The wonders of rust
Continuing on my natural dye journey, I've been itching to try dyeing fabric with rust, a process I've seen all over Pinterest, but haven't actually attempted myself. But where is a girl to find a big ol' hunk of rusted metal? It's not something we just have lying around — or did we? Watering the plants one day I found this enormous rusted chain just lying there on the edge of our lawn waiting to be put to work. Earlier this year my husband had been doing some work on the western perimeter of our fence near the water and came across the rusted chain nailed into the side of a post. Knowing his wife very well, he set this hunk o' metal aside, following strict orders that if anything vintage is found on the property he must show it to me before tossing it out. I'm grateful that he is so well trained because it's exactly what I needed!
I've read through a few tutorials on rust dyeing and it really can't be simpler, it just takes time. Basically, you wet your fabric down, wrap it tightly around the rusted bits, and then spritz with distilled vinegar every so often and leave it for a few days. At first I was skeptical that I would get any real rust color because it seemed like the rusty dusty bits would just fall off the fabric.
Above you can see my fabric bundle with a slight blue-ish streak running through it which is the result of me being very lazy when it comes to thoroughly rinsing my dye buckets. I just keep using them over and over. Whatever dye I used last must have been crusted up in the bottom corners of the bucket. No harm no foul in my opinion — when it comes to dyeing fabric, I prefer unexpected and unusual patterns.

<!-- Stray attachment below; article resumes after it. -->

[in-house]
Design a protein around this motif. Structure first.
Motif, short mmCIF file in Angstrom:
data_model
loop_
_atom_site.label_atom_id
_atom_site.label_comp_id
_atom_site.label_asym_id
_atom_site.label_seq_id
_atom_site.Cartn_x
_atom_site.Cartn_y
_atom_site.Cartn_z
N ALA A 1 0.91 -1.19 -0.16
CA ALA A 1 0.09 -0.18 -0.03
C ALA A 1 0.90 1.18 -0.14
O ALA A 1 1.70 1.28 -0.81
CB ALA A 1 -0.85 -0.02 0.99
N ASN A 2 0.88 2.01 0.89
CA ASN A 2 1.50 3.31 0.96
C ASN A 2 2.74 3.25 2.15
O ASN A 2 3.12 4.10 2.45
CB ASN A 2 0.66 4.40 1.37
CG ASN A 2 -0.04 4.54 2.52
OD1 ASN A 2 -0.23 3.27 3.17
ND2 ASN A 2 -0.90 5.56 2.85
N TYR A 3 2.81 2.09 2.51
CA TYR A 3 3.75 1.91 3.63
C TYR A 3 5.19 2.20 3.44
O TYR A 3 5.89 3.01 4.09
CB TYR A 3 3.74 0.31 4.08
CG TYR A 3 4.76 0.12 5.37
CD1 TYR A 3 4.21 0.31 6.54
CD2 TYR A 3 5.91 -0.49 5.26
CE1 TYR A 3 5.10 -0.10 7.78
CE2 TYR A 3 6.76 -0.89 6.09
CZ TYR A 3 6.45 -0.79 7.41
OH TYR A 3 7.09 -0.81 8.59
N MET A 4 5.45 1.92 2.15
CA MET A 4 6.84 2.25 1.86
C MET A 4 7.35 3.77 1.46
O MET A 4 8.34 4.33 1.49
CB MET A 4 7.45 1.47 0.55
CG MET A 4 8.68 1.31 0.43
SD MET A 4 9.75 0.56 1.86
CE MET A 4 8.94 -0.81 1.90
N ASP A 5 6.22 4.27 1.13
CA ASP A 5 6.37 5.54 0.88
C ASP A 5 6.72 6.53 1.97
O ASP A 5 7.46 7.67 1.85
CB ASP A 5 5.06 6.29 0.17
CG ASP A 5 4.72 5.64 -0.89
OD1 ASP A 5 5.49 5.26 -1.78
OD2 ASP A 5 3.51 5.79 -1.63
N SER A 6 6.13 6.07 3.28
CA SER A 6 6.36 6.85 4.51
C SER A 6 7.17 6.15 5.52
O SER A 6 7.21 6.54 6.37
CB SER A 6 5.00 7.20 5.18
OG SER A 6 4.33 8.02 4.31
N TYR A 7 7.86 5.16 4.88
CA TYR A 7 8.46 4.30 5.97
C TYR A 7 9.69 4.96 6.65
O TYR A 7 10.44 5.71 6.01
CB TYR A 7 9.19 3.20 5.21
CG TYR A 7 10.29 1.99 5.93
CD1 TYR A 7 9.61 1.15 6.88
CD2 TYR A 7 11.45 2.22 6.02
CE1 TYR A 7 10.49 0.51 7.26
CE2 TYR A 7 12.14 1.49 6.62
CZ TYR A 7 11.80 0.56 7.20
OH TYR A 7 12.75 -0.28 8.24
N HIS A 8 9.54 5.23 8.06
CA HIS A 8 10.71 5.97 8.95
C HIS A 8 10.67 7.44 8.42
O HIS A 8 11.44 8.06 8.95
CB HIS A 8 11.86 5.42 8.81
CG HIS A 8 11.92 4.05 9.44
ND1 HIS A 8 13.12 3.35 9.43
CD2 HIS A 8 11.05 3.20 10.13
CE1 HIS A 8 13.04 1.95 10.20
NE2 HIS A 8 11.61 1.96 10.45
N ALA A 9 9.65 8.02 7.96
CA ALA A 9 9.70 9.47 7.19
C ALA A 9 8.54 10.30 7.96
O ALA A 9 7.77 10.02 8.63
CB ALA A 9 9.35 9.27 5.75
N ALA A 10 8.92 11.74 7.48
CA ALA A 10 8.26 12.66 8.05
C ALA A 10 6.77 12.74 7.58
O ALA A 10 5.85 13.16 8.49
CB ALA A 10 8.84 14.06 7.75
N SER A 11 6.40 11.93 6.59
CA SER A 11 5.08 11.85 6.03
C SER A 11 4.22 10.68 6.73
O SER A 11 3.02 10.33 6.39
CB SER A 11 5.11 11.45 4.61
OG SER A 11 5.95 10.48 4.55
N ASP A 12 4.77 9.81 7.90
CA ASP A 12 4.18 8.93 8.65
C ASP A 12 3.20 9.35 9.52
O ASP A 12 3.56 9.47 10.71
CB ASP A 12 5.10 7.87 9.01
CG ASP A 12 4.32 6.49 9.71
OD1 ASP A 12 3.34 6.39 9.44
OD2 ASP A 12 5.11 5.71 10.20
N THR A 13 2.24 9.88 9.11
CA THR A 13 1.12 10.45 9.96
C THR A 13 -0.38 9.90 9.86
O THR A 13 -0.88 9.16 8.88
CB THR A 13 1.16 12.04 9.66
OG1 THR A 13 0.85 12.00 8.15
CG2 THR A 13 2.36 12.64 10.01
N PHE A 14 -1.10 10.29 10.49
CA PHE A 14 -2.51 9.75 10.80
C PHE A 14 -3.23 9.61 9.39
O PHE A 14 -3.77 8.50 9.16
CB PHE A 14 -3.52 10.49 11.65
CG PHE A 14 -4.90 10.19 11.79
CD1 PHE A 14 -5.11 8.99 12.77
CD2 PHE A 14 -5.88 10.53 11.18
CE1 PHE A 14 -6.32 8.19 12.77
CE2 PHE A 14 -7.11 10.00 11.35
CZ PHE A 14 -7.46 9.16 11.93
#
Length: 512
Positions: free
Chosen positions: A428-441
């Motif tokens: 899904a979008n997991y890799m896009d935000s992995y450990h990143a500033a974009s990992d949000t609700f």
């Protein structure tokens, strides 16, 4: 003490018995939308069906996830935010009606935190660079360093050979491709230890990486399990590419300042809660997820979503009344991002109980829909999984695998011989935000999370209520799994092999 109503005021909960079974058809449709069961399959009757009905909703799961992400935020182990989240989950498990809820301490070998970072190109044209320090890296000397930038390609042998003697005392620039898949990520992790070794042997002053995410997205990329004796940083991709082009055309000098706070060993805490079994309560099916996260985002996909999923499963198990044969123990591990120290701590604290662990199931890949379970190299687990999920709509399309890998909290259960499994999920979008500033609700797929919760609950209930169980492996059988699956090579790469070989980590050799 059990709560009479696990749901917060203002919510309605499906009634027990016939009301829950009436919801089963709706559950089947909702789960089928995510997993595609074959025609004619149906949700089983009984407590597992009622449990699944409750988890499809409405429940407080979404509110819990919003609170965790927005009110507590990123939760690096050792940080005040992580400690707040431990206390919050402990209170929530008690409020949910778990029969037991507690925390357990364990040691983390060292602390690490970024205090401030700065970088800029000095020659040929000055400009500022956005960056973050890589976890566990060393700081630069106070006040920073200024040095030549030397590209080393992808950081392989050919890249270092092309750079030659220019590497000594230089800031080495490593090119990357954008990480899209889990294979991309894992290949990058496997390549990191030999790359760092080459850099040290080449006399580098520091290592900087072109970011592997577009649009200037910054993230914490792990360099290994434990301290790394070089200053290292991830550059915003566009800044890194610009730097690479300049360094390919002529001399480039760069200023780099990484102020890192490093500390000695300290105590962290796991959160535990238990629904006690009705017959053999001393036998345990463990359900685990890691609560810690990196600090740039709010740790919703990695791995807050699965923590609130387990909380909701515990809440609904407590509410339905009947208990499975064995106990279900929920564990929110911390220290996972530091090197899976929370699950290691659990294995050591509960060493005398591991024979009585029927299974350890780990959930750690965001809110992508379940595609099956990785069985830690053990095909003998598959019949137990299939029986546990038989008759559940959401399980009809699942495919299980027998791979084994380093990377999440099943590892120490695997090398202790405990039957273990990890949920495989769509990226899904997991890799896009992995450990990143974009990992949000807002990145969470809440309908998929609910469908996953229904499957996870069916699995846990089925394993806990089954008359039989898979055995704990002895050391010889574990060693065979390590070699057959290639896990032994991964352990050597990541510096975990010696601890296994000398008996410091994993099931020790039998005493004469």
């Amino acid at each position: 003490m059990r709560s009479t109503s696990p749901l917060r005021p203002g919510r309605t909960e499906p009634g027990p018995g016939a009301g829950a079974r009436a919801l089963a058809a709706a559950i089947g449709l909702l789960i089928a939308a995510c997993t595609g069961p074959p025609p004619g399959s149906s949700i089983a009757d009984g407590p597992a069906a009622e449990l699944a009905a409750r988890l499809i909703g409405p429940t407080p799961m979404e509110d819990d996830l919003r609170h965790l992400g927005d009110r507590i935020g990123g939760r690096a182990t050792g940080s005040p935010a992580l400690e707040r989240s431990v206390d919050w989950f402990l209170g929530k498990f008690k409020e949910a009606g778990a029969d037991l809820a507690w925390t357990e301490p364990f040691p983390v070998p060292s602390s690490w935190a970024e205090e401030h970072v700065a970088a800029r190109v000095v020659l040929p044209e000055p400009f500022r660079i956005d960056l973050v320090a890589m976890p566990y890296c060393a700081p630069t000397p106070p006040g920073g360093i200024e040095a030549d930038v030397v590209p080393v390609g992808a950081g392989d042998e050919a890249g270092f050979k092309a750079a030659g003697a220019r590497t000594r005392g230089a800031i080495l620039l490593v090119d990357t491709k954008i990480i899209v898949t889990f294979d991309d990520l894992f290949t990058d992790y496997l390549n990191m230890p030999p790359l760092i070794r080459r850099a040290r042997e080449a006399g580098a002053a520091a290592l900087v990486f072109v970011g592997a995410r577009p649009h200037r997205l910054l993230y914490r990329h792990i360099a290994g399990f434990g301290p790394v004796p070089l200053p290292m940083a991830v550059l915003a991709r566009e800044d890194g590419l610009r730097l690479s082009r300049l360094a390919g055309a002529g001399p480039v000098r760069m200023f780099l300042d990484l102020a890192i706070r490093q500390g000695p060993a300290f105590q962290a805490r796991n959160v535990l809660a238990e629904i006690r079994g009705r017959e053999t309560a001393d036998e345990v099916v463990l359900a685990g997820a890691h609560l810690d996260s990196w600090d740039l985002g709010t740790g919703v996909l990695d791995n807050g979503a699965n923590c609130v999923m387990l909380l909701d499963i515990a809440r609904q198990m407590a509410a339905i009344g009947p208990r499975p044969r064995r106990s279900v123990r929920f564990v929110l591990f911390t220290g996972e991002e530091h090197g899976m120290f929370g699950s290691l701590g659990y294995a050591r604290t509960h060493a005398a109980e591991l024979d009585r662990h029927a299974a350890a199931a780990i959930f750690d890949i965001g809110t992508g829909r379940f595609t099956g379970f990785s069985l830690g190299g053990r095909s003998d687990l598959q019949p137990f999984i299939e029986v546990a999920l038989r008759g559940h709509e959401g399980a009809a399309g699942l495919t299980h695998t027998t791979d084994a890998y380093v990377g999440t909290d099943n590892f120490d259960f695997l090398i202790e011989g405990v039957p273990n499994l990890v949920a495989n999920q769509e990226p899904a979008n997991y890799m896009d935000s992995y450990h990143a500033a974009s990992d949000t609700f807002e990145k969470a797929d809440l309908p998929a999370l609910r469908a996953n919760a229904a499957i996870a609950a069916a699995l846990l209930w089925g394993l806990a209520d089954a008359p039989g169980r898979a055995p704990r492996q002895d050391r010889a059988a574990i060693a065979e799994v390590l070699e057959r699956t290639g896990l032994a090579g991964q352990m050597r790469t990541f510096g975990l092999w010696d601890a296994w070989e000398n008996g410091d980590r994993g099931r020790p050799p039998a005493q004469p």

The first few days it went pretty slowly, but then around day 3 the oxidation accelerated and I could see the fabric transforming in front of my eyes. I love the impression the metal makes on the fabric and hoped it would remain after rinsing and washing the vinegar out. I left my first cotton batch for 4 full days, spritzing and splashing it with vinegar and re-wrapping it, moving the rusted bits around the fabric piece a few times a day to make sure the whole piece had been transformed. I also left the bucket in the sun as much as possible. Below is a photo of the finished fabric wet, right out of the bucket.
And here is the finished piece washed and ironed. The color is not quite as dark when dry as wet, and I anticipated that, but you can still see the marks from the rust so I'd call this successful! I have some linen oxidizing now, on it's 4th day, so I'll be sharing that later.
It's approximately 1 square yard, so I'll likely make a couple of clutch bags and maybe use the scraps for embellishing. When you go to the trouble of dyeing your own fabric, you use every bit of it!